Hammertoe occurs when a toe (typically one or more of the middle three) deforms into an inverted "V" faintly resembling the shape of a hammer. The condition affects up to 20 percent of people in America (mostly women) and typically results in chronic pain and reduced mobility if left untreated. While surgery can correct the deformities, it's not without its risks. Before you go under the knife, here are a few non-surgical things you can do to treat hammertoes.
Types of Hammertoe
There are two types of hammertoe:
- Flexible hammertoe - This is the beginning stage of the condition and characterized by the fact that the toes can still be moved at the affected joint.
- Rigid hammertoe - This usually develops in the later stages of the condition and is characterized by toes that cannot be moved at all.
Your ability to correct hammertoes without surgery depends on the type you have. Flexible hammertoe can typically be fixed using non-surgical methods, but rigid hammertoe cannot. This is why it's important to get diagnosed as soon as possible so you can maximize your chances of recovery.
Depending on the underlying cause of hammertoe, the condition is generally irreversible. However, you can significantly slow down or halt the progression of the disease by taking action right away. Here are a few ways you can treat hammertoe without surgery.
Change Your Footwear
One of the most common causes of hammertoe is improper footwear. Wearing shoes that are too small, provide little support to the feet, or are shaped in a way that squeezes the toes into unnatural positions contribute to the development of this foot condition. Therefore, the first thing you should do is change your footwear.
The shoes you wear should provide plenty of room in the toe box for toes to sit comfortably side by side. It's best to shop for shoes later in the afternoon or evening since feet tend to swell during the day. Feet are also uneven, so you should buy shoes based on the bigger foot.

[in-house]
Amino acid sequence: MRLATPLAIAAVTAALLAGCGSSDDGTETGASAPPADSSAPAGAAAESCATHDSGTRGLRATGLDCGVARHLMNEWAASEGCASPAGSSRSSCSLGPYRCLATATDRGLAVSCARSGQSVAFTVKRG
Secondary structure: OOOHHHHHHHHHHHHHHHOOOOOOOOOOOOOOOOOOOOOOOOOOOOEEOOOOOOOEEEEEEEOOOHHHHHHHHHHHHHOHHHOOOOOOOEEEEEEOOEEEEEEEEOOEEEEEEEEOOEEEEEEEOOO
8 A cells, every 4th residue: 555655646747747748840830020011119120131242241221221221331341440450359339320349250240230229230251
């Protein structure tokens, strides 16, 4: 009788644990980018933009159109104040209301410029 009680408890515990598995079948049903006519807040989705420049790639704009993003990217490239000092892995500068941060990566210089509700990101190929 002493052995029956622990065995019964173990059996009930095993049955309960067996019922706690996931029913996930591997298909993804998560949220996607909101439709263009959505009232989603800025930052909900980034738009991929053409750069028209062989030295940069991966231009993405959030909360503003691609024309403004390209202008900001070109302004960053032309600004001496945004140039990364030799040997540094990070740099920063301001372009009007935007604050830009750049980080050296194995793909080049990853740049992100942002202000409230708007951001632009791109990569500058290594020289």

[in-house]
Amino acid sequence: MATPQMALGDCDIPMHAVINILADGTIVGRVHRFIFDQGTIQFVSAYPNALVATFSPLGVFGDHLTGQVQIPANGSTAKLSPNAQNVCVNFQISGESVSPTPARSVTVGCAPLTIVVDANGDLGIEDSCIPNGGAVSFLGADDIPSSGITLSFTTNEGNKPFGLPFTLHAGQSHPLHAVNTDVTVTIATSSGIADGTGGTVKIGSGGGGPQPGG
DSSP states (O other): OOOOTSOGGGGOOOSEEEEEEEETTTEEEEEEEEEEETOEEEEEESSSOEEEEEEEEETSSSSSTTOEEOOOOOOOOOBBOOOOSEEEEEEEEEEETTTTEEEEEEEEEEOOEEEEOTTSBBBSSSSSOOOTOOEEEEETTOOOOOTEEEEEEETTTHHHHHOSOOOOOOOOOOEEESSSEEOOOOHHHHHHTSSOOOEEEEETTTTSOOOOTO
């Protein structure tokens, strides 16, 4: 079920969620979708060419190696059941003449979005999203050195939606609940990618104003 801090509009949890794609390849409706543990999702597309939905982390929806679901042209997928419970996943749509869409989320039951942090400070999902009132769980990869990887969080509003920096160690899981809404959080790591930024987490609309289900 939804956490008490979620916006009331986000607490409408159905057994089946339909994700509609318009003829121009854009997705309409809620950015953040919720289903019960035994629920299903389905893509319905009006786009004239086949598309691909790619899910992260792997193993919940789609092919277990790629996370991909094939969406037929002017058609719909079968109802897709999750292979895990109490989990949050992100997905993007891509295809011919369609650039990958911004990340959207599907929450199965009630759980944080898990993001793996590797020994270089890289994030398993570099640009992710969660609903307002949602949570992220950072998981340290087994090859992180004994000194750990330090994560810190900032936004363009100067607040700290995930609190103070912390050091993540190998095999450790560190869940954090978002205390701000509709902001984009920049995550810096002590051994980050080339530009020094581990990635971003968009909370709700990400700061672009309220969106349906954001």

High heels can put your toes under enormous amounts of pressure because of the way they shift your weight. It's probably best to wear flats instead. If you must wear heels, go for the low end of the scale and save the high heels for special occasions.
Toe Binding and Padding
In addition to changing your footwear, you may be able to retrain your toes by binding and padding them. This involves placing a little bit of padding on top of the affected toe and then using tape or gauze to firmly bind it to the adjacent toe. This can help alleviate pain you may be experiencing from the condition as well as recondition the toe to change positions. While you can do this at home, it's best to have a podiatrist do this for you. You may inadvertently cause more problems by wrapping the toe incorrectly.
An alternative to toe binding and padding is to use toe straightening products. These are specially designed soles with elastic loops that you fit over the affected toe. They work similar to toe binding in that they help gently straighten crooked toes. They can be used with most shoes and are found at many retail stores.
Daily stretching and moving exercises can help keep the joints and muscles in the toes flexible, which can prevent the condition from worsening and increase the efficacy of your toe straightening efforts. Gently stretching your toes using your hands or gripping and releasing an object using your toes are two exercises that can strengthen and stretch the muscles. A podiatrist or physical therapist can suggest others that may be beneficial.
With persistent effort, you can minimize the impact hammertoes have on your health and quality of life. For more tips on things you can do to correct this condition without surgery, contact a knowledgeable and experienced podiatrist in person or via their website, such as http://www.westmorelandfootdoctor.com.